Bill aims to tackle rising extremism in France. Some say it's an infringement of rights.

A draft law being debated in the French Senate this week aimed at strengthening the country and stamping out extremism has unwittingly revealed just how divided the country is. Proponents of the controversial bill put forward by President Emmanuel Macron’s government say it is simply intended to reinforce the nation’s “republican values” — liberty, equality and fraternity. But for some, Macron’s focus on Islamic radicalization has reinforced negative religious stereotypes, dividing French Muslims over the bill and their relationship with their nation. Other experts say they are concerned about the ramifications of the legislation. read the complete article


29 Mar 2021

The EU needs to face its institutional racism problem

The European Union’s anti-racism summit, which took place on March 19, was a critical opportunity for the EU to meet the demands of last year’s global protests against police brutality and structural racism. Unfortunately, EU leaders did not meet expectations. Although racial justice movements have made clear their demands for an end to police brutality and institutional racism, during the summit, EU leaders focused overwhelmingly on the individual dimensions of racism, such as hate speech. There was little talk of how EU states and institutions themselves reinforce racism with their own policies, how racialized people are dying at the hands of police or how anti-racism civil society organizations are facing unprecedented attacks. In short, little of the devastating reality of racism in Europe was addressed at the summit and there is a danger that that EU governments will go back to “business as usual” after its conclusion. read the complete article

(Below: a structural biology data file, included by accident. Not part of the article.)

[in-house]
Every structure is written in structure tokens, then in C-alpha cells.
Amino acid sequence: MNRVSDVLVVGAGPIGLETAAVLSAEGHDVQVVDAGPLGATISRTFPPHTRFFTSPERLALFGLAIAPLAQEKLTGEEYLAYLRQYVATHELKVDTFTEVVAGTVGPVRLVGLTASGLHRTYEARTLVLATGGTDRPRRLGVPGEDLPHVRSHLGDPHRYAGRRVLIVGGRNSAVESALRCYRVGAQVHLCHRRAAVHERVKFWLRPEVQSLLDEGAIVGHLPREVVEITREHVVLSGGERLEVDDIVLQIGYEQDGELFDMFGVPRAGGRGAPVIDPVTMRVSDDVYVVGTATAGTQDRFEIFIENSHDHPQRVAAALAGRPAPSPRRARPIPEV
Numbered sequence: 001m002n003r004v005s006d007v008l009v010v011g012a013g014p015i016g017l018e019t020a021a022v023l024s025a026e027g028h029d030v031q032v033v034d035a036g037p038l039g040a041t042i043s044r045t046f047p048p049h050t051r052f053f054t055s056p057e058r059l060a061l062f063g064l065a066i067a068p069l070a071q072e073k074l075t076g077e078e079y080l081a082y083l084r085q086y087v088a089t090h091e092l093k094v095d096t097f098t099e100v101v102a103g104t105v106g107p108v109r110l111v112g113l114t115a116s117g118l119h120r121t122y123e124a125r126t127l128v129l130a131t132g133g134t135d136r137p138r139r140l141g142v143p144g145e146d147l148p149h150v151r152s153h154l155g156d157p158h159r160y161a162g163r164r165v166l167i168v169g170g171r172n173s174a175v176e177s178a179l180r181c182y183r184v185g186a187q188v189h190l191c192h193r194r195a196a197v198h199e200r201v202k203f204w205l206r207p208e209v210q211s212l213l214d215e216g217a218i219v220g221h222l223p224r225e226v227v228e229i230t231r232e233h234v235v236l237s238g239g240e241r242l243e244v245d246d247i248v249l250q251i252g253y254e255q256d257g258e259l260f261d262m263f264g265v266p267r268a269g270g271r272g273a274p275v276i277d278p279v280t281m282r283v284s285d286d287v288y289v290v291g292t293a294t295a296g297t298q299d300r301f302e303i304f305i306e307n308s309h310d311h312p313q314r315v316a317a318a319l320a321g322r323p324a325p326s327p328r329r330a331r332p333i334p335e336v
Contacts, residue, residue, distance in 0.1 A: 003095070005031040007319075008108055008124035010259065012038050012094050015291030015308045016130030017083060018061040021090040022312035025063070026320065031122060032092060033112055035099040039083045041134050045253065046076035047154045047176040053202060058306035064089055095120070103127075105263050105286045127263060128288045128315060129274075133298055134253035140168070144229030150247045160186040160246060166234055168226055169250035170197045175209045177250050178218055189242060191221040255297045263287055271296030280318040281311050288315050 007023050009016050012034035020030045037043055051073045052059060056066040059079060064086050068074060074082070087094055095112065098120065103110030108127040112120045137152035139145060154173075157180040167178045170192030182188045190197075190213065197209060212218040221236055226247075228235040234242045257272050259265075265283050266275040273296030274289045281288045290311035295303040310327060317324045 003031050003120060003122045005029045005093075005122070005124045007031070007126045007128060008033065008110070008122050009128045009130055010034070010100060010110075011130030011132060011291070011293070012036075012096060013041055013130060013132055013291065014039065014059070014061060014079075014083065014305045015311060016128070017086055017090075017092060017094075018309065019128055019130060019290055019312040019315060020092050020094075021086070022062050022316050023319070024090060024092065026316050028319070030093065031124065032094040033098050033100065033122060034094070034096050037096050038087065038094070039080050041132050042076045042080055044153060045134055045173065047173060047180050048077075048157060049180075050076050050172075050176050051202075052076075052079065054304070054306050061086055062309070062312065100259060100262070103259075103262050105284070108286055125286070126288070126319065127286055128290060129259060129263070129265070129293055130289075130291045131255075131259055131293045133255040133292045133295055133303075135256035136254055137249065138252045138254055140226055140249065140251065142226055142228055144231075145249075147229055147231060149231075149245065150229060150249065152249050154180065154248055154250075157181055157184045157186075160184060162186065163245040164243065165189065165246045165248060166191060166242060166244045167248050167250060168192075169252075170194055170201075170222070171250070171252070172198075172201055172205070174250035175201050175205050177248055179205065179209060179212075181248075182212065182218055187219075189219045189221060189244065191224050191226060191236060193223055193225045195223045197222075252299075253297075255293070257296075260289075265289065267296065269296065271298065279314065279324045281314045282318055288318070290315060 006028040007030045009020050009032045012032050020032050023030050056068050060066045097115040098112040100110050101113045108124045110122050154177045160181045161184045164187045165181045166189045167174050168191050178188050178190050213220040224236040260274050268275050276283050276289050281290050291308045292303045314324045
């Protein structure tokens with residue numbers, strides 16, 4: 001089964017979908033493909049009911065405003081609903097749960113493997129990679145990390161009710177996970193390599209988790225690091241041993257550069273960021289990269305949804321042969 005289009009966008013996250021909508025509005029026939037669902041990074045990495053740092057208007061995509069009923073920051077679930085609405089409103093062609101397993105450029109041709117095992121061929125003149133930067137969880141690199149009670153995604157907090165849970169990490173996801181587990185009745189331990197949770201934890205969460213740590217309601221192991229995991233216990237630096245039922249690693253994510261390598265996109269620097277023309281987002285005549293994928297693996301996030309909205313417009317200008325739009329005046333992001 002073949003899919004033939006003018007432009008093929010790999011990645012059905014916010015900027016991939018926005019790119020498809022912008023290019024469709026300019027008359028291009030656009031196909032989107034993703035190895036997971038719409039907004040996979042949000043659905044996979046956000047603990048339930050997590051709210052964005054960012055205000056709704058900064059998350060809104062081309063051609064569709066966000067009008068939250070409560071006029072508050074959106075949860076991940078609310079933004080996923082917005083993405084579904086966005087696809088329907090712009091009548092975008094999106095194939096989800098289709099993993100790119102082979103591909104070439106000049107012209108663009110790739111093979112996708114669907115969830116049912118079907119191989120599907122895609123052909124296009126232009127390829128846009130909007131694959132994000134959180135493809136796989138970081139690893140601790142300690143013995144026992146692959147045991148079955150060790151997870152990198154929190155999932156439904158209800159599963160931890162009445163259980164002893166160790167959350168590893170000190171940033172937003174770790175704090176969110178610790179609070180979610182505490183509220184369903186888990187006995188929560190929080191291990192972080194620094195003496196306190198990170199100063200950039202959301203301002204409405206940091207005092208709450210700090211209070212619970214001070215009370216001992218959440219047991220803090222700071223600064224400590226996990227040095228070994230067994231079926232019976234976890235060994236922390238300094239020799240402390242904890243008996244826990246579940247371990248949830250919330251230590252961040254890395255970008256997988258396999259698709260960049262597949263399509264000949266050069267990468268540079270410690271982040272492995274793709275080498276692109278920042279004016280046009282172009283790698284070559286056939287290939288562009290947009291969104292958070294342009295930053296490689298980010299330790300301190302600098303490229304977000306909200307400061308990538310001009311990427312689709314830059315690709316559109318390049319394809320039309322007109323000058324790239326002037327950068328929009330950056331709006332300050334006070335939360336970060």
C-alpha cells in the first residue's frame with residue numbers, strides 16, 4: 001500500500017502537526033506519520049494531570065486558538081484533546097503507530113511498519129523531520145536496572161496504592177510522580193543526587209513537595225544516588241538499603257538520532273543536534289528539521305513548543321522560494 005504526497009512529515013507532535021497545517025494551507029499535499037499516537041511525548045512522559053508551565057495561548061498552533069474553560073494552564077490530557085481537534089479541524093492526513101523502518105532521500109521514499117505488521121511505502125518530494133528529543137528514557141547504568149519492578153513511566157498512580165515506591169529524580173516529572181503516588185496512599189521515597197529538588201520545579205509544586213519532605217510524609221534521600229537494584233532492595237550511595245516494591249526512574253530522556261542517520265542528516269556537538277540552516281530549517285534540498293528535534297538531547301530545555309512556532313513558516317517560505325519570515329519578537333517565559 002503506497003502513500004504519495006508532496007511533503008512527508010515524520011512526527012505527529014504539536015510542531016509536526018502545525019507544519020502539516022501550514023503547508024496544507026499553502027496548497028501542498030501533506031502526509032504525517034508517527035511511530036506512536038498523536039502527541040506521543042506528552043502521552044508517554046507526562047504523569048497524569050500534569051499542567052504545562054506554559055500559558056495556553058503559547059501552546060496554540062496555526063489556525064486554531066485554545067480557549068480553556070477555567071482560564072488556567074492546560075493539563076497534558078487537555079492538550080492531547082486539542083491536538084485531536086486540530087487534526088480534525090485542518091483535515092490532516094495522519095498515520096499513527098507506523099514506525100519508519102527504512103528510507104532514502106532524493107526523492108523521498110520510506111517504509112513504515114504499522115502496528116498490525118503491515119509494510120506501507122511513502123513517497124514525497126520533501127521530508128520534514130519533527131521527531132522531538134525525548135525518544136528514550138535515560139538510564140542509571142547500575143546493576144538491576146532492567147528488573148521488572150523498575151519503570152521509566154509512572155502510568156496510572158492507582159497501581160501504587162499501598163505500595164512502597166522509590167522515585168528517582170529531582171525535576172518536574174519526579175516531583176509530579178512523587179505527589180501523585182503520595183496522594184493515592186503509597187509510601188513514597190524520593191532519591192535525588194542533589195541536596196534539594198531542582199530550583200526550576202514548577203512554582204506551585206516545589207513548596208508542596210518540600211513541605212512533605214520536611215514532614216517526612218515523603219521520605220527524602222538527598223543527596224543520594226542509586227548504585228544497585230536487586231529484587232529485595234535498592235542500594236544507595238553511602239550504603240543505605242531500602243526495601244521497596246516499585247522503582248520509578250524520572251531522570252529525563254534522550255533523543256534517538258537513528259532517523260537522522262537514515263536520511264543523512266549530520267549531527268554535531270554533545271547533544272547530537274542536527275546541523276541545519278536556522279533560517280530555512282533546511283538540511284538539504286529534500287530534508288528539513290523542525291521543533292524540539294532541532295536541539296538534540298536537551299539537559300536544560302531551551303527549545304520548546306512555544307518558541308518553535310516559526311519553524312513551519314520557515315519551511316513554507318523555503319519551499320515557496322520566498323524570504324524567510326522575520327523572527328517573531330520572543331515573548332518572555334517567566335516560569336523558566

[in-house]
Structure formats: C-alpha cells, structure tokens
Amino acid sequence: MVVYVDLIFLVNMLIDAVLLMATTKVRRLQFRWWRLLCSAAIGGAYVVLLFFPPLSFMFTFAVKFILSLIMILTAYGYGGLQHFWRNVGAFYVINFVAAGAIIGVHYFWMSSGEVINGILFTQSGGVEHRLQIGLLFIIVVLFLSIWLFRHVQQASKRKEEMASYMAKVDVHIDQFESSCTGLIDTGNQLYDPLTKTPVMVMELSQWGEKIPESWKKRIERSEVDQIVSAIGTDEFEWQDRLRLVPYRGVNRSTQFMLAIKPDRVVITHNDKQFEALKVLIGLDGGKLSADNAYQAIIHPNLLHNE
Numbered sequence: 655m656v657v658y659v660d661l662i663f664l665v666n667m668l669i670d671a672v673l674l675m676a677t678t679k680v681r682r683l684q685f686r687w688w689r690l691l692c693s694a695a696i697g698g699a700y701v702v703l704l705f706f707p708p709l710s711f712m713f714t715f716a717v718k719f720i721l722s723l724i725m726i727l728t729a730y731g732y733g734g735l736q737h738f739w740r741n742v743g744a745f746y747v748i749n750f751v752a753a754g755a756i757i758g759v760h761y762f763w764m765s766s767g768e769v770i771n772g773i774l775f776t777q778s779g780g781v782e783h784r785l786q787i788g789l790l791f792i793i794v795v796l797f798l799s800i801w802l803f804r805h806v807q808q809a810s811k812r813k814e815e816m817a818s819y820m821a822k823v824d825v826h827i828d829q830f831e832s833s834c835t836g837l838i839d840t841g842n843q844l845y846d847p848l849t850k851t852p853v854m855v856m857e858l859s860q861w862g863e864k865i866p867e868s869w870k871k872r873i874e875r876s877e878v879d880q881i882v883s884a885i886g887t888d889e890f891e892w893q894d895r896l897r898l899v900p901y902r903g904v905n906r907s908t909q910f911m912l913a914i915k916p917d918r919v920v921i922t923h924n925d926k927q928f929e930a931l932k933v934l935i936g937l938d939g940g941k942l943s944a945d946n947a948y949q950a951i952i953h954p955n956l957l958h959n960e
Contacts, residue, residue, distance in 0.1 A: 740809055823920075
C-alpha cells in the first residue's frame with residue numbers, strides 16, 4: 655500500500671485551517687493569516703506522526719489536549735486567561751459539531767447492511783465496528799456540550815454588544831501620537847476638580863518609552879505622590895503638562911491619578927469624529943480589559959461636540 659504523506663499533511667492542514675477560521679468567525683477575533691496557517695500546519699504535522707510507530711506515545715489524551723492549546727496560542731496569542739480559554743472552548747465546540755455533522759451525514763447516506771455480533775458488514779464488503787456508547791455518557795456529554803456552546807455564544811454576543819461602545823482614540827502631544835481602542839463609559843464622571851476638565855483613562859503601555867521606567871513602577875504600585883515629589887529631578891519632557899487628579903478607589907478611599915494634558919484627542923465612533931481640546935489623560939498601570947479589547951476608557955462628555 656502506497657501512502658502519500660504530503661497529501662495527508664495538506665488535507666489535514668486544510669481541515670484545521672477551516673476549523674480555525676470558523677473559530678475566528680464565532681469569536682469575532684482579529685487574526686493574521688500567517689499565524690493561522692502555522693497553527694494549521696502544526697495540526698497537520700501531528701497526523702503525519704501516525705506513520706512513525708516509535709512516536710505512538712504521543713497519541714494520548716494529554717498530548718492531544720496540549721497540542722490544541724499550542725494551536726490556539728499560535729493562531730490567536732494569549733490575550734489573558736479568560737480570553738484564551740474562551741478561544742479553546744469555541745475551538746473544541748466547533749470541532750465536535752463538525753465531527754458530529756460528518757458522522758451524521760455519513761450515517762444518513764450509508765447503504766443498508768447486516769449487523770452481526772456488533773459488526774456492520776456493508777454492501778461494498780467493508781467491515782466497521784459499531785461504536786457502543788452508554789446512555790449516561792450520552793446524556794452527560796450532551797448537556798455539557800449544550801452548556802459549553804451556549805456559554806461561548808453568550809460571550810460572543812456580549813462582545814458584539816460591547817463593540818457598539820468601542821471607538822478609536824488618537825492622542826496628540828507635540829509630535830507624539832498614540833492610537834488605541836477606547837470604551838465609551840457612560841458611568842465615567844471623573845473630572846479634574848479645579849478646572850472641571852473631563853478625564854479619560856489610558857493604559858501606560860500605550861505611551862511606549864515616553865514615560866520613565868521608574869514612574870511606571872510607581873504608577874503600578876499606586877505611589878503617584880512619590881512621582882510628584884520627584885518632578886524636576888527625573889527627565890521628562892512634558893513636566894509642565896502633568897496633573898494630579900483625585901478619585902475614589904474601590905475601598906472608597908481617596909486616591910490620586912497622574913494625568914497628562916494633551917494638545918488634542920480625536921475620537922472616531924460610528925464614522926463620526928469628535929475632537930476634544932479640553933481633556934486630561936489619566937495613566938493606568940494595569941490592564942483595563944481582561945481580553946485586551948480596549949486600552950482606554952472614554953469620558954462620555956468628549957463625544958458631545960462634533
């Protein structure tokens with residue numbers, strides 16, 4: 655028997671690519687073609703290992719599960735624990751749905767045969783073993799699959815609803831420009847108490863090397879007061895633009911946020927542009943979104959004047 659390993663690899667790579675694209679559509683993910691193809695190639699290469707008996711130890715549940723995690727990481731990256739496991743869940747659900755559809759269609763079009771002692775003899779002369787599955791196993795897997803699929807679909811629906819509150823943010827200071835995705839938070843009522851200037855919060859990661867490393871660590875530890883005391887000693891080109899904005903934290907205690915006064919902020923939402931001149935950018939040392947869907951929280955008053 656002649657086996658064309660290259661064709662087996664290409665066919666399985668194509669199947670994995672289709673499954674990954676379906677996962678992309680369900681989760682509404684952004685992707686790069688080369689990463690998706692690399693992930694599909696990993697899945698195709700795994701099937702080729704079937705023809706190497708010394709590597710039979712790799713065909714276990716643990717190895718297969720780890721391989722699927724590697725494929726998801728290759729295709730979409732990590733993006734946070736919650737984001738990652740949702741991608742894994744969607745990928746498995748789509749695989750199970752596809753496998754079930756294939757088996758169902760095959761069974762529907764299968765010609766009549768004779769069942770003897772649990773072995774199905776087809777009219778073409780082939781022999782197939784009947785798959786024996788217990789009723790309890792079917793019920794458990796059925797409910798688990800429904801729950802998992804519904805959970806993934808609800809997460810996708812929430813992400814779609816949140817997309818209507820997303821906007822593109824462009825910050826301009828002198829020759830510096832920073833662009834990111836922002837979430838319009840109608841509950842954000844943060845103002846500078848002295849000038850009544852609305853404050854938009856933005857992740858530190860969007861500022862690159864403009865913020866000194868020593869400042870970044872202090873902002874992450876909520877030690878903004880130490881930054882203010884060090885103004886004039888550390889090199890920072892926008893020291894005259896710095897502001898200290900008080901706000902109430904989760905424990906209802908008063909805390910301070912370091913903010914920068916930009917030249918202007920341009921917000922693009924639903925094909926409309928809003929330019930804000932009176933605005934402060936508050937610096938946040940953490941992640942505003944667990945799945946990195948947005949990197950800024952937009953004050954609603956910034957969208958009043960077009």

Today in Islamophobia, 30 Mar 2021 Edition